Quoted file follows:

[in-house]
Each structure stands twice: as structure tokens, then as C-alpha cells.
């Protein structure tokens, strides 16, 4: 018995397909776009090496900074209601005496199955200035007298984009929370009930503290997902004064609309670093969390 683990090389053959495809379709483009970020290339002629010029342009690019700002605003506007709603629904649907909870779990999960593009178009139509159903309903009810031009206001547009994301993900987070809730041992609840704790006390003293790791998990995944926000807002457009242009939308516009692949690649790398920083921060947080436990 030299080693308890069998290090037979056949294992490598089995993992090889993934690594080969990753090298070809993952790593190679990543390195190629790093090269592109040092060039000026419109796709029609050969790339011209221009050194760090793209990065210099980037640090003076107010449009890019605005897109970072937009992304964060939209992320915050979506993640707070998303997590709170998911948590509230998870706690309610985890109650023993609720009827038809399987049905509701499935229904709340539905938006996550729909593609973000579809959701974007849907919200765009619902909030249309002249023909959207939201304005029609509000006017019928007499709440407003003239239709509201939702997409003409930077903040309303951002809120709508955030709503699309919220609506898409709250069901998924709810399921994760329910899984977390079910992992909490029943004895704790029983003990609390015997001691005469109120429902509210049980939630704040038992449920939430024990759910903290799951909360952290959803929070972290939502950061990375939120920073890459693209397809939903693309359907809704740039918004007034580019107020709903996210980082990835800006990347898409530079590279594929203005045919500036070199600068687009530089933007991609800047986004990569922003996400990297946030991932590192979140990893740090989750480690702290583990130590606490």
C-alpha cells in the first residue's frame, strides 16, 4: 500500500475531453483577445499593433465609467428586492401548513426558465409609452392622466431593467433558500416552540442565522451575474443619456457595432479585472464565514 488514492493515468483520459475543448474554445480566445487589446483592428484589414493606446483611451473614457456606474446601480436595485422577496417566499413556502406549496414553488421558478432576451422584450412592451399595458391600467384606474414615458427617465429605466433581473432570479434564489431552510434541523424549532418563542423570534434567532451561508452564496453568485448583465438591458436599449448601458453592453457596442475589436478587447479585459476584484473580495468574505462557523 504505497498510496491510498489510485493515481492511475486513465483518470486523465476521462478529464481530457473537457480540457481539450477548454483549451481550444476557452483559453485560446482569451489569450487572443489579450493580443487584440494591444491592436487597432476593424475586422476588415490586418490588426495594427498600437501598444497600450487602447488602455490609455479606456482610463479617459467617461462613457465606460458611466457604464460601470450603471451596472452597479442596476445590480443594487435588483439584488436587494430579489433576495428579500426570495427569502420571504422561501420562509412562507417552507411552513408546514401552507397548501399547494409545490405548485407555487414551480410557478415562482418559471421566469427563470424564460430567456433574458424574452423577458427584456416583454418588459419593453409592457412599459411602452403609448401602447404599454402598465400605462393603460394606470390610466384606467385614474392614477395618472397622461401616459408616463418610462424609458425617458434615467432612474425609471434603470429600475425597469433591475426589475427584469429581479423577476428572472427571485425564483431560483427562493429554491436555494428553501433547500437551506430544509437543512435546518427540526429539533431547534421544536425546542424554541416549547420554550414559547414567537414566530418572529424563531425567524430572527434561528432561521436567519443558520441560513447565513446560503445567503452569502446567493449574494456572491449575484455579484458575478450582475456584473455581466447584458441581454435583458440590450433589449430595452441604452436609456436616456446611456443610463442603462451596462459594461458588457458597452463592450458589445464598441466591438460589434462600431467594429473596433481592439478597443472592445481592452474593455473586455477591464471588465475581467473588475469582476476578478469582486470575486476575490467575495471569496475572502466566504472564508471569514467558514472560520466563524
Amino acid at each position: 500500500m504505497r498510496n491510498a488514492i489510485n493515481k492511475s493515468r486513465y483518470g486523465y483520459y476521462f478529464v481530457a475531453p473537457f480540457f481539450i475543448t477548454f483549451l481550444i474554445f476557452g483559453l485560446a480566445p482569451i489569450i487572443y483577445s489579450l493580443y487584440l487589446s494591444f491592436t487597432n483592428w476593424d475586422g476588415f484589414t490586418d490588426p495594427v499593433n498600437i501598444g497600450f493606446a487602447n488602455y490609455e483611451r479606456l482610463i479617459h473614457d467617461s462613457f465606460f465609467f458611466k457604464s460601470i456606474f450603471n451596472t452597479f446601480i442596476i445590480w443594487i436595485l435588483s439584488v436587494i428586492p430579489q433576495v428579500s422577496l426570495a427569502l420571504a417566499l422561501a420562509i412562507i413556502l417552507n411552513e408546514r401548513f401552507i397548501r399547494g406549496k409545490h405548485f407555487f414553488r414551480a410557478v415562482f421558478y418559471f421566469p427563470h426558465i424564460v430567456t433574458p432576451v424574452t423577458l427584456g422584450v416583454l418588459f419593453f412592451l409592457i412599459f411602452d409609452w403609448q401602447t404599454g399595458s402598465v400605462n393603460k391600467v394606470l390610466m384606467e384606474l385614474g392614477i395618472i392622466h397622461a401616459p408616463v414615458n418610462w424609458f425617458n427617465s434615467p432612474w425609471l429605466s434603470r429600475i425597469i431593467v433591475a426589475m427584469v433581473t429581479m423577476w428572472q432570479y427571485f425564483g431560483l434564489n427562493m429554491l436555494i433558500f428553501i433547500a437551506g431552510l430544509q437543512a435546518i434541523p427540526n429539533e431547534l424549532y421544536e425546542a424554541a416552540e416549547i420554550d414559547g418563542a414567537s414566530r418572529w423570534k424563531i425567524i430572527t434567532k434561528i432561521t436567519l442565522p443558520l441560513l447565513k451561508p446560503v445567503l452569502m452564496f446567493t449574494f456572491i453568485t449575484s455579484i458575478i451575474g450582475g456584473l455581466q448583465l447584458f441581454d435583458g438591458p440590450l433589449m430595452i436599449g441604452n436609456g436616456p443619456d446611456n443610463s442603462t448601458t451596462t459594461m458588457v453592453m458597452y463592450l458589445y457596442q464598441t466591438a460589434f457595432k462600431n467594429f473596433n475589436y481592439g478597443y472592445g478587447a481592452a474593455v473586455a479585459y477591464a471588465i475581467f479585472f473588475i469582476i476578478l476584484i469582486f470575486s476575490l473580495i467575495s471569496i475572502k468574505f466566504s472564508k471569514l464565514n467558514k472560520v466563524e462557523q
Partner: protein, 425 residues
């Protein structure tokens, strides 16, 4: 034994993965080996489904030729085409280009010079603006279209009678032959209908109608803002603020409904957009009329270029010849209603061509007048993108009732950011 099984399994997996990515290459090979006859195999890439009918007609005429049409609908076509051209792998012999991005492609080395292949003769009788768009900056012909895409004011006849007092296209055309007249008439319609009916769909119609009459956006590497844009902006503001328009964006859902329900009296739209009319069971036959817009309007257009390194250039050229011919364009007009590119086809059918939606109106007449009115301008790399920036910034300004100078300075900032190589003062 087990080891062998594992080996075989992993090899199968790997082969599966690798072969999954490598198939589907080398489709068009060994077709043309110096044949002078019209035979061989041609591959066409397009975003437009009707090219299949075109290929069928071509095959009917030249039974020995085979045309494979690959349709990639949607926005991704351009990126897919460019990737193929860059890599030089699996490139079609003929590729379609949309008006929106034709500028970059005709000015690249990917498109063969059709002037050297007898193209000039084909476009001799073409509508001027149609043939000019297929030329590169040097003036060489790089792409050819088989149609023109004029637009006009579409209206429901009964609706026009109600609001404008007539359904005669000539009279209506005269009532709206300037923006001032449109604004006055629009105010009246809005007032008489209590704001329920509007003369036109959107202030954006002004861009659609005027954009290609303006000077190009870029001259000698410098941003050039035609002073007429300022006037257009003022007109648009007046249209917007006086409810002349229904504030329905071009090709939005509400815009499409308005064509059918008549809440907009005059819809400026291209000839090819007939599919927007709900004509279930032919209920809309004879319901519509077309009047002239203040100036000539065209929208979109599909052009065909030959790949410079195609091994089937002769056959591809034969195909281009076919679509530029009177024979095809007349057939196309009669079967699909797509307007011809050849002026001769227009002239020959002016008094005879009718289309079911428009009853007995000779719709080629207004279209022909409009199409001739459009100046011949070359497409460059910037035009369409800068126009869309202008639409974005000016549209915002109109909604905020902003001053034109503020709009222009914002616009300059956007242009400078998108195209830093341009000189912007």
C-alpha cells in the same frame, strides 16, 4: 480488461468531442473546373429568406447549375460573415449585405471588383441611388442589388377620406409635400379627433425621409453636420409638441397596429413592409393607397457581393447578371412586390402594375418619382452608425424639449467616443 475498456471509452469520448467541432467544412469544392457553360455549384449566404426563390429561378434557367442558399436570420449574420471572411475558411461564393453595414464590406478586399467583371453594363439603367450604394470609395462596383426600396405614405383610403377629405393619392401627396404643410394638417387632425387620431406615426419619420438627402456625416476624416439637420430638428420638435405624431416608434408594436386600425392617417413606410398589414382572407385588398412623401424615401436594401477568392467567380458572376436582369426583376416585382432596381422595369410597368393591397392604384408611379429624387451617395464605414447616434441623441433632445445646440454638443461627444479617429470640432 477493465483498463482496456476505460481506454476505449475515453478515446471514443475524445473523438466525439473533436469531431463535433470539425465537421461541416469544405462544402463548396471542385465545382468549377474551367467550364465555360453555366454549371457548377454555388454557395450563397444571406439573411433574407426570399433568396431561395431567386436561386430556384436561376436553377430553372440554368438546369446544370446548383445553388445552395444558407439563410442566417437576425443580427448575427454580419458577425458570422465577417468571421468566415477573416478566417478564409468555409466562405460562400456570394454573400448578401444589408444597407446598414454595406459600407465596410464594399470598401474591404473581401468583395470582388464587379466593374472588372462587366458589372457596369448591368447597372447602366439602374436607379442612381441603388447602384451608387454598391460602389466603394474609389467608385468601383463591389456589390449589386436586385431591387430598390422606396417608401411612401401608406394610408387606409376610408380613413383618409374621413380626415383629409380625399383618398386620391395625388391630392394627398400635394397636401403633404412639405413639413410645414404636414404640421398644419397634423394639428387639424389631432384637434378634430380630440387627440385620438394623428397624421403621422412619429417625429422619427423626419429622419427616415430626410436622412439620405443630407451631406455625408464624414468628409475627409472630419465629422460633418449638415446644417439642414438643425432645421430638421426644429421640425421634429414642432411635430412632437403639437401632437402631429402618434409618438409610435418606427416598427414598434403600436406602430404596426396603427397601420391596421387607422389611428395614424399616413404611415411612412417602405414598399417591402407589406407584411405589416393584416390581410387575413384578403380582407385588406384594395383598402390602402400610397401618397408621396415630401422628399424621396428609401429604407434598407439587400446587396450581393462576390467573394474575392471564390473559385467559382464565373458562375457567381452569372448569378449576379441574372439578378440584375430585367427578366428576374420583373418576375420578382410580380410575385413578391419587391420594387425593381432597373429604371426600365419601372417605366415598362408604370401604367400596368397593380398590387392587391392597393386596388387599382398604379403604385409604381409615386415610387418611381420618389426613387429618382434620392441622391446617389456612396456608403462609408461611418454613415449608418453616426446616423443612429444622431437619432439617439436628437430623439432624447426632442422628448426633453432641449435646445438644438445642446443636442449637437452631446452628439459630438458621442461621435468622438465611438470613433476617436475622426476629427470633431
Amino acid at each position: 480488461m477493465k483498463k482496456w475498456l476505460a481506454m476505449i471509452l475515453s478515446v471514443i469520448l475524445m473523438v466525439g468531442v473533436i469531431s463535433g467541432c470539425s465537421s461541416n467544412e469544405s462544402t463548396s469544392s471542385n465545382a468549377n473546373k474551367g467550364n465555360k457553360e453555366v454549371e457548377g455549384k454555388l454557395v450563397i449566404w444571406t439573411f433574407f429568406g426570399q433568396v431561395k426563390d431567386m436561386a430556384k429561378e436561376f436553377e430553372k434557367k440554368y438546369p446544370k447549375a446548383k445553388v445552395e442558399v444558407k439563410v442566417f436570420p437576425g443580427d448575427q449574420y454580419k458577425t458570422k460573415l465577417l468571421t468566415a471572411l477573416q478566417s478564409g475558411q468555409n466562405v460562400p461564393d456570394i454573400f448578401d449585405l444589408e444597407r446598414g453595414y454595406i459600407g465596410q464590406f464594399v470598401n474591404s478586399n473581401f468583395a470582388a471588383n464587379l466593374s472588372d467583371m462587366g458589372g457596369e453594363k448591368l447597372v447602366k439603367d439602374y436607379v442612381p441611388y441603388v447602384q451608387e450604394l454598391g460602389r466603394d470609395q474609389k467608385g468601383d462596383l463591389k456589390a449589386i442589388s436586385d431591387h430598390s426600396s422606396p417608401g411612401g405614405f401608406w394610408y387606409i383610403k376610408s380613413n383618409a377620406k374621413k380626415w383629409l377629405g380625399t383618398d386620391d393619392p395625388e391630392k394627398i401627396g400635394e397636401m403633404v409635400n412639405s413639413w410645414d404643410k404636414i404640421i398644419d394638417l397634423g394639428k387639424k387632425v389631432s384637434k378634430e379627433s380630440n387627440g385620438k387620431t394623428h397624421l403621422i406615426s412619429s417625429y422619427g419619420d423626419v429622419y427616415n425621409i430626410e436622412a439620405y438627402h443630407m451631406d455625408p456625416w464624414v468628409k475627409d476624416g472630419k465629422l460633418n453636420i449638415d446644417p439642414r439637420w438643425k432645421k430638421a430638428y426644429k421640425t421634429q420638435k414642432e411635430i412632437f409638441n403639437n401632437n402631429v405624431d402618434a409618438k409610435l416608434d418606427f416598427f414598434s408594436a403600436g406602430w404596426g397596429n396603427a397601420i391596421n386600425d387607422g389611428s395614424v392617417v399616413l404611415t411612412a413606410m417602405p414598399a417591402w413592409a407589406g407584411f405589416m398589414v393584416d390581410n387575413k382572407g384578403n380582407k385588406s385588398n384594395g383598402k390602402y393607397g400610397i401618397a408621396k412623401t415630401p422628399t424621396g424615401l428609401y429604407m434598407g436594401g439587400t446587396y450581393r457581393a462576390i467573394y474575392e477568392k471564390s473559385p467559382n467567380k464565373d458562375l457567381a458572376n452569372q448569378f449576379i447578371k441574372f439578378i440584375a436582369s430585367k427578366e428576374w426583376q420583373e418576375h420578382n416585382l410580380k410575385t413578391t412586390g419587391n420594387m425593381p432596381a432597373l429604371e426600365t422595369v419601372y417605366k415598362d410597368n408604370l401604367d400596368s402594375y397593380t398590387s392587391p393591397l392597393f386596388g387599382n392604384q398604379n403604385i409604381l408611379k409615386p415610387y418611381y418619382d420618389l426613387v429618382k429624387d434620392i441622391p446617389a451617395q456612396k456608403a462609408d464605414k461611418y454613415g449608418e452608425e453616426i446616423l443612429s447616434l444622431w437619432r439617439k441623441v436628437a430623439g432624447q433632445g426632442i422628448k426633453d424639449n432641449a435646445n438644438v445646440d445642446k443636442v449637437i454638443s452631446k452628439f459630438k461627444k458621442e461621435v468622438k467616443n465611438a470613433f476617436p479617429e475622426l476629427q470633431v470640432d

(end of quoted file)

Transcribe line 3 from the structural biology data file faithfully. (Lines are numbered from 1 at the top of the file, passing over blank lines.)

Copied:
């Protein structure tokens, strides 16, 4: 018995397909776009090496900074209601005496199955200035007298984009929370009930503290997902004064609309670093969390 683990090389053959495809379709483009970020290339002629010029342009690019700002605003506007709603629904649907909870779990999960593009178009139509159903309903009810031009206001547009994301993900987070809730041992609840704790006390003293790791998990995944926000807002457009242009939308516009692949690649790398920083921060947080436990 030299080693308890069998290090037979056949294992490598089995993992090889993934690594080969990753090298070809993952790593190679990543390195190629790093090269592109040092060039000026419109796709029609050969790339011209221009050194760090793209990065210099980037640090003076107010449009890019605005897109970072937009992304964060939209992320915050979506993640707070998303997590709170998911948590509230998870706690309610985890109650023993609720009827038809399987049905509701499935229904709340539905938006996550729909593609973000579809959701974007849907919200765009619902909030249309002249023909959207939201304005029609509000006017019928007499709440407003003239239709509201939702997409003409930077903040309303951002809120709508955030709503699309919220609506898409709250069901998924709810399921994760329910899984977390079910992992909490029943004895704790029983003990609390015997001691005469109120429902509210049980939630704040038992449920939430024990759910903290799951909360952290959803929070972290939502950061990375939120920073890459693209397809939903693309359907809704740039918004007034580019107020709903996210980082990835800006990347898409530079590279594929203005045919500036070199600068687009530089933007991609800047986004990569922003996400990297946030991932590192979140990893740090989750480690702290583990130590606490």